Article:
Rev. Bror Erickson serves as pastor of Zion Lutheran Church in Farmington, New Mexico. He graduated from Concordia University Irvine in 2000 where he studied apologetics under Dr. Rosenbladt, and Concordia Theological Seminary in Ft. Wayne, Indiana in 2004. He likes to translate the works of Bo Giertz and Hermann Sasse. He also enjoys writing reviews for Amazon.com and critiquing modern culture with the Gospel.
“So you also have sorrow now.” So Jesus speaks about a time of sorrow for the disciples. Even they have their days of sorrow. Jesus speaks about it here in our Gospel. And it applies to us too, that we should have our days of sorrow.
Luther’s letters of spiritual counsel have long been a favorite resource of mine. I often use them before turning in at night as a devotion. Luther’s letters and table talk comments, most of which were written in his later years, are full of down-to-earth advice and Gospel insights that are often surprisingly still relevant to the troubles of our day.
Psalm 121, is as Luther says, a psalm “written to exhort believers because it contains the doctrine of faith. However, faith is the recognition of things that cannot be seen and must be hoped for, things that depend on the promise of the word of God.”
Go therefore and make disciples of all nations, baptizing them in the name of the Father and of the Son and of the Holy Spirit, (Matt. 28:19). "How many do they worship?" This question was asked of me by a representative from a neighboring church. "One or three depending on how you count," I replied. The man looked horrified.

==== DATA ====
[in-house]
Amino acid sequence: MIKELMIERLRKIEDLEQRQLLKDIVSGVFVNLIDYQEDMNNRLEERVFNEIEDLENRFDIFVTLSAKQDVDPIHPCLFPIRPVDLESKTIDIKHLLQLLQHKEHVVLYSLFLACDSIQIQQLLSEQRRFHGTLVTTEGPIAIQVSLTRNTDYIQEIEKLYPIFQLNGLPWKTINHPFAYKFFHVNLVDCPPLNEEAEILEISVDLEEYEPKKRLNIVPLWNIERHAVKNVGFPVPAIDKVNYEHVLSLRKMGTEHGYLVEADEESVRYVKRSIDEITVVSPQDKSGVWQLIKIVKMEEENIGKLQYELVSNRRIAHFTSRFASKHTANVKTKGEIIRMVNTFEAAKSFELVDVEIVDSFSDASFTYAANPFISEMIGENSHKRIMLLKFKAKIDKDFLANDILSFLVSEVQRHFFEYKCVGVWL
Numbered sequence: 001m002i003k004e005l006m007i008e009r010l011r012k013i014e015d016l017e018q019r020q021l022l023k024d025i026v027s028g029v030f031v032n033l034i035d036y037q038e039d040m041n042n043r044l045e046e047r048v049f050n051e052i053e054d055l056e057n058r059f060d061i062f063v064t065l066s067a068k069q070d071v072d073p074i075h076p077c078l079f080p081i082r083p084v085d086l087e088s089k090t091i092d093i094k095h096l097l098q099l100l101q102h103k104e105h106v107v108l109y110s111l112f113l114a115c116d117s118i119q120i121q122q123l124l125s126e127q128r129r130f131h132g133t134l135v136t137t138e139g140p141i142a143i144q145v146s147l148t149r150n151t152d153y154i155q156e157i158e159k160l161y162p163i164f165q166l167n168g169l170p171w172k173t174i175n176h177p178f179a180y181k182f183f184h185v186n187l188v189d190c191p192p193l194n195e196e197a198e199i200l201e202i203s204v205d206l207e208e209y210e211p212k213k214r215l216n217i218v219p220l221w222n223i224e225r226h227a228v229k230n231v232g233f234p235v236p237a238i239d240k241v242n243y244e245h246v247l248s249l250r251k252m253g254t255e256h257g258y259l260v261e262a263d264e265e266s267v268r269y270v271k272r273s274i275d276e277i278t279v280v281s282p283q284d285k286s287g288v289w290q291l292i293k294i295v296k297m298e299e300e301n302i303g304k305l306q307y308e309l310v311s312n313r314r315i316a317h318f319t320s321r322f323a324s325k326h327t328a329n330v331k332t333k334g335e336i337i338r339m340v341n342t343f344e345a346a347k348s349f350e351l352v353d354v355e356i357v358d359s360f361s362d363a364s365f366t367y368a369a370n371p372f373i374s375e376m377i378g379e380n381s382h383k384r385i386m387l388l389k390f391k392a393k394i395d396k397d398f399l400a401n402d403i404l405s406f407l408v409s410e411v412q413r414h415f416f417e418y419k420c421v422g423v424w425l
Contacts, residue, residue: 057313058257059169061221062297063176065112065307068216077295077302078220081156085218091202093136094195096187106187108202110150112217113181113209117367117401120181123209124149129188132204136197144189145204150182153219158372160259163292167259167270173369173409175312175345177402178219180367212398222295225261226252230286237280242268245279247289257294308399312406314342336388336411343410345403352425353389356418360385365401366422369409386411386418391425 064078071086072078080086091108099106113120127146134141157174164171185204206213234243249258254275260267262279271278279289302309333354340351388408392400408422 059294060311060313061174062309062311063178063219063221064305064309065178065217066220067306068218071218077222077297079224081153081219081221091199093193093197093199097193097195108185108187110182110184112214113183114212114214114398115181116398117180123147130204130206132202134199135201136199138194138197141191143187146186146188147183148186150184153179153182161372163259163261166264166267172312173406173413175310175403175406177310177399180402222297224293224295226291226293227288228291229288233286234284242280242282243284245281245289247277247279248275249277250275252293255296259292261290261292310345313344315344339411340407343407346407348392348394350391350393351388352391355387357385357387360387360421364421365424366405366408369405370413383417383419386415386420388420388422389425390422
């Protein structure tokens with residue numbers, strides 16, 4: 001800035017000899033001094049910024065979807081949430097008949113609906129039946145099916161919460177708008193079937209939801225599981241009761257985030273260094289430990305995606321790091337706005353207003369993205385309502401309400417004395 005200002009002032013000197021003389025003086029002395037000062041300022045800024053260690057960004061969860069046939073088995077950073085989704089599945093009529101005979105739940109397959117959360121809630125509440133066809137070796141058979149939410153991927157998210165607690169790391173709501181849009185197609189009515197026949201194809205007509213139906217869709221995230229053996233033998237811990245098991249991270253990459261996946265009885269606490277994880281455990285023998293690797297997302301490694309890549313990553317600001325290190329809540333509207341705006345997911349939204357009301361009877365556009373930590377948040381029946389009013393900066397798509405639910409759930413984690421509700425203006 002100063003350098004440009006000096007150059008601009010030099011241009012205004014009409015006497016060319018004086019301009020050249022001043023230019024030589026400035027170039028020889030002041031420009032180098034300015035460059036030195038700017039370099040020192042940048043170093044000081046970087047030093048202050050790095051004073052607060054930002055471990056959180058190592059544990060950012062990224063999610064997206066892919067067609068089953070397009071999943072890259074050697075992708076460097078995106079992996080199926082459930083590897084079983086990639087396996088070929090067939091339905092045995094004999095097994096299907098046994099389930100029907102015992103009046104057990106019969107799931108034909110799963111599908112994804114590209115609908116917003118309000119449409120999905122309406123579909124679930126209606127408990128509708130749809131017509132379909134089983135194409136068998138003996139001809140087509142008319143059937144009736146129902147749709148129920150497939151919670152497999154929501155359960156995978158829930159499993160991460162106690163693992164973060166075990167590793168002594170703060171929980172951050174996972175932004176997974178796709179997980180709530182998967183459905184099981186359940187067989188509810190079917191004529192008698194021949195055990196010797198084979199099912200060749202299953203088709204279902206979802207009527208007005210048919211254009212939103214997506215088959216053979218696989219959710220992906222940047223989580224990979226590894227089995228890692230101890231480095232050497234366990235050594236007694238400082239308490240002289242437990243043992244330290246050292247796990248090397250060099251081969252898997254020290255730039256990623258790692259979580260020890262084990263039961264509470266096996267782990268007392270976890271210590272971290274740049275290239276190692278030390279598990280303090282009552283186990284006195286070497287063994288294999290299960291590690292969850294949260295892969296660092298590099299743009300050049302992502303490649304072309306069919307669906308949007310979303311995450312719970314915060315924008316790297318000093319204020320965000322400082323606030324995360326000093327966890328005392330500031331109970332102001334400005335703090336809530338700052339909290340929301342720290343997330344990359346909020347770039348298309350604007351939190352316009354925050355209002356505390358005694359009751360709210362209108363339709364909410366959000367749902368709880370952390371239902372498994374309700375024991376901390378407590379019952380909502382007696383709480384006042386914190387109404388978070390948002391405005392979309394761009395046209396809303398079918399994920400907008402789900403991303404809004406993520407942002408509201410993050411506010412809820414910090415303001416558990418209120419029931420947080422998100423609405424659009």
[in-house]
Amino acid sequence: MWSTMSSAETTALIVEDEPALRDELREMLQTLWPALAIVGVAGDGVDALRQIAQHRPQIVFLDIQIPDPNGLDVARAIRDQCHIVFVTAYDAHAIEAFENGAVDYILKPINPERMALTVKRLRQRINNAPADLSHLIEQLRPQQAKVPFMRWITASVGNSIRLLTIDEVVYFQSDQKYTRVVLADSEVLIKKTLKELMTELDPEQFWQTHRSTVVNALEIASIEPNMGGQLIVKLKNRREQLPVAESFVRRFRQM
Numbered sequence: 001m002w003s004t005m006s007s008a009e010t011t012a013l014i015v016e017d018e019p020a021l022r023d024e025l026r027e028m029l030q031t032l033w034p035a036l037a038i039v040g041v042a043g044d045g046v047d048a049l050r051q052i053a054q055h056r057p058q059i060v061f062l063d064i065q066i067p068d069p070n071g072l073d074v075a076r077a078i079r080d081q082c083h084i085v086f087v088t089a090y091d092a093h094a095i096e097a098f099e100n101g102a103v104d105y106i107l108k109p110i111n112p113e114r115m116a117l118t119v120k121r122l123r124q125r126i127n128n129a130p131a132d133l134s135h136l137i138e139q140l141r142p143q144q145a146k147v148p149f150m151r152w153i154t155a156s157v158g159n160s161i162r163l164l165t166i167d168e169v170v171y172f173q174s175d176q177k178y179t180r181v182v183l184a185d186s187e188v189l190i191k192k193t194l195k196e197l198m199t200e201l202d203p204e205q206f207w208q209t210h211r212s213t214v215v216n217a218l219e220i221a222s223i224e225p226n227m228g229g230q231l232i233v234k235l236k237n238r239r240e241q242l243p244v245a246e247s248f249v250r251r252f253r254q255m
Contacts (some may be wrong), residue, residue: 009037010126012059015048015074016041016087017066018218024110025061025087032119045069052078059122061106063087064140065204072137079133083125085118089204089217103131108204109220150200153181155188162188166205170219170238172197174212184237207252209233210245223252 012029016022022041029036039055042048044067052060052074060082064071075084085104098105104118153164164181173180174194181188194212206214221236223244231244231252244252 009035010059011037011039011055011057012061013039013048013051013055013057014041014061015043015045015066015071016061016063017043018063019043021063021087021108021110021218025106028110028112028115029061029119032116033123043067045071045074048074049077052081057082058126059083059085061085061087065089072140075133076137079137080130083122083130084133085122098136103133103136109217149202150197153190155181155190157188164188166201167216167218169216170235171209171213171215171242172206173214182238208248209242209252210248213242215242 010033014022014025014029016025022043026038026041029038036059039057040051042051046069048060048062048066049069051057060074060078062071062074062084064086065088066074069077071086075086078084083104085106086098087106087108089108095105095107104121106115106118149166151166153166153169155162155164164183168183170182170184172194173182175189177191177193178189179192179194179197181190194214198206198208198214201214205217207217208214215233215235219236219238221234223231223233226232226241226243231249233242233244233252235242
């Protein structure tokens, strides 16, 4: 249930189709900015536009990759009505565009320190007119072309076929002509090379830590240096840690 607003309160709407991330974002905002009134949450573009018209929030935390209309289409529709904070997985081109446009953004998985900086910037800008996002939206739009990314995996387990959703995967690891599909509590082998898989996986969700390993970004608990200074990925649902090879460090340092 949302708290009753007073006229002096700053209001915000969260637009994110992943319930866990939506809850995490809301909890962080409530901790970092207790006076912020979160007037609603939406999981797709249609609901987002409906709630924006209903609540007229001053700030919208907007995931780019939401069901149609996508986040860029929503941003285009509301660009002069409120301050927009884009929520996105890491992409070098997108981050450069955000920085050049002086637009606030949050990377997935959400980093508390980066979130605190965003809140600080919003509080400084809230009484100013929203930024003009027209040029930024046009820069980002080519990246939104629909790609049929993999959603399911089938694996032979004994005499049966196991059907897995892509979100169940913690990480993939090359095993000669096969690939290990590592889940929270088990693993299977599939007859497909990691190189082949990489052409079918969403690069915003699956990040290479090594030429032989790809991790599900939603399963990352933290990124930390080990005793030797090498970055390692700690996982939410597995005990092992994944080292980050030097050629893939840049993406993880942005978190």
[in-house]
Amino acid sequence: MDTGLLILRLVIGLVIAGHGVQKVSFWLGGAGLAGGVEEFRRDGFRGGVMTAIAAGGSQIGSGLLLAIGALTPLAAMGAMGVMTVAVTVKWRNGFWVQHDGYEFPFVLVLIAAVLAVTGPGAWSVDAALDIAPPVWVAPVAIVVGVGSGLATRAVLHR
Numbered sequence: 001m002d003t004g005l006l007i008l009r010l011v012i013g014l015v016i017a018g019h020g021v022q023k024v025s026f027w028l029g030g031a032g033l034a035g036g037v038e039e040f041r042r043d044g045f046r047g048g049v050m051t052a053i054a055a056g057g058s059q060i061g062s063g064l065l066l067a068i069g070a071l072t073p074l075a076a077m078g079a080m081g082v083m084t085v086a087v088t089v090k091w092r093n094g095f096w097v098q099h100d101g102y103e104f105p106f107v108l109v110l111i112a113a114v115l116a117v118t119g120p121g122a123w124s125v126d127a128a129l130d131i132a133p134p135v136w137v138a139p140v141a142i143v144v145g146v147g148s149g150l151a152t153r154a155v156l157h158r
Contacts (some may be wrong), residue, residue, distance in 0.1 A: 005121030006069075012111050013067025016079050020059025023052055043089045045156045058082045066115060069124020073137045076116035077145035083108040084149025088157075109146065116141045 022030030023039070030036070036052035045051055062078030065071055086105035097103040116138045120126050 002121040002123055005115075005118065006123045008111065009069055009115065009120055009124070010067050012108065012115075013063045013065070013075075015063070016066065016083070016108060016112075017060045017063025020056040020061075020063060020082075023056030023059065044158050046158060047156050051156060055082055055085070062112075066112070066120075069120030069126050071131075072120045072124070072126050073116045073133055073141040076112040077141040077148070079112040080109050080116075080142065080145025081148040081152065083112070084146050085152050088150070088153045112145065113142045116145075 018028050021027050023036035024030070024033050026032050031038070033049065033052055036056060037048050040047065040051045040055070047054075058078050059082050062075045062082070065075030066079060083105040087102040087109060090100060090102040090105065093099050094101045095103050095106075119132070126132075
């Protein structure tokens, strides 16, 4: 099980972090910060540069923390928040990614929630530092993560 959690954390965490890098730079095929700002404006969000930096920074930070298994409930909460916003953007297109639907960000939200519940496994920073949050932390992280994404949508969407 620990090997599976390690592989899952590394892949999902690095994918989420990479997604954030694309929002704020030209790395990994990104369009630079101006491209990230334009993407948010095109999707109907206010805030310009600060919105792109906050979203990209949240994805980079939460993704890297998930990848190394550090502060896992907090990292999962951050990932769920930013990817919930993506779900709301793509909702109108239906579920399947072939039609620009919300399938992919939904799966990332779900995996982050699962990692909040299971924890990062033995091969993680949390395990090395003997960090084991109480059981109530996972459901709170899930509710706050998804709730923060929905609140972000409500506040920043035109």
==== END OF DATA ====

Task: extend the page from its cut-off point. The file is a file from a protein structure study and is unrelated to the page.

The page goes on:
"In the beginning was the Word, and the Word was with God, and the Word was God. He was in the beginning with God. All things were made through him, and without him was not any thing made that was made. In him was life, and the life was the light of men. The light shines in the darkness, and the darkness has not overcome it" (John 1:1-5).
We may not know what Mary's opinion was about Elvis or horses, but we know that she was a good girl who loved Jesus, and her boyfriend (or her betrothed, Joseph) too. We might call him a fiancé even if by our standards she was way too young to have such a thing.
It's the trap we fall into when we try to make God comprehensible to us. A god who is comprehensible to us panders to our desires and soon becomes a god that has to entertain in order to command our attention or meet our most immediate needs in order to maintain our devotion. Worship of such a god ultimately leaves us empty because our felt needs are rarely anything more than distractions from the ultimate realities of sin, death and the devil that plague our existence.
"As for the one who is weak in faith, welcome him, but not to quarrel over opinions. One person believes he may eat anything, while the weak person eats only vegetables.
Theses 11 and 12 of Luther's Heidelberg Disputation display the need for both sinners and believers alike to hear the Law preached in all its terror and the Gospel preached in all its glory every Sunday and in every sermon.